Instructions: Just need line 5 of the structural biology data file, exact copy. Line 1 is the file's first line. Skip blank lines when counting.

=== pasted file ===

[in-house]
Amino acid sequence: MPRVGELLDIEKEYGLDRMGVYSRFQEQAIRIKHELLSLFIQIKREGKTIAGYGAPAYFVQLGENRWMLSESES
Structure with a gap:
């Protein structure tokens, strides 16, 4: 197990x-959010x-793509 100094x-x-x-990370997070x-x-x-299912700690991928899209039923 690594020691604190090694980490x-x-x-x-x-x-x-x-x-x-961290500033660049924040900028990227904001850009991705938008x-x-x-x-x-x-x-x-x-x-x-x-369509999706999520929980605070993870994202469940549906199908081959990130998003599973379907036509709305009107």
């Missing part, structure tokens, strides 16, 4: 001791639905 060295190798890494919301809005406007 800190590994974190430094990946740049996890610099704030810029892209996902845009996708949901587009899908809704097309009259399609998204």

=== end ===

């Missing part, structure tokens, strides 16, 4: 001791639905 060295190798890494919301809005406007 800190590994974190430094990946740049996890610099704030810029892209996902845009996708949901587009899908809704097309009259399609998204």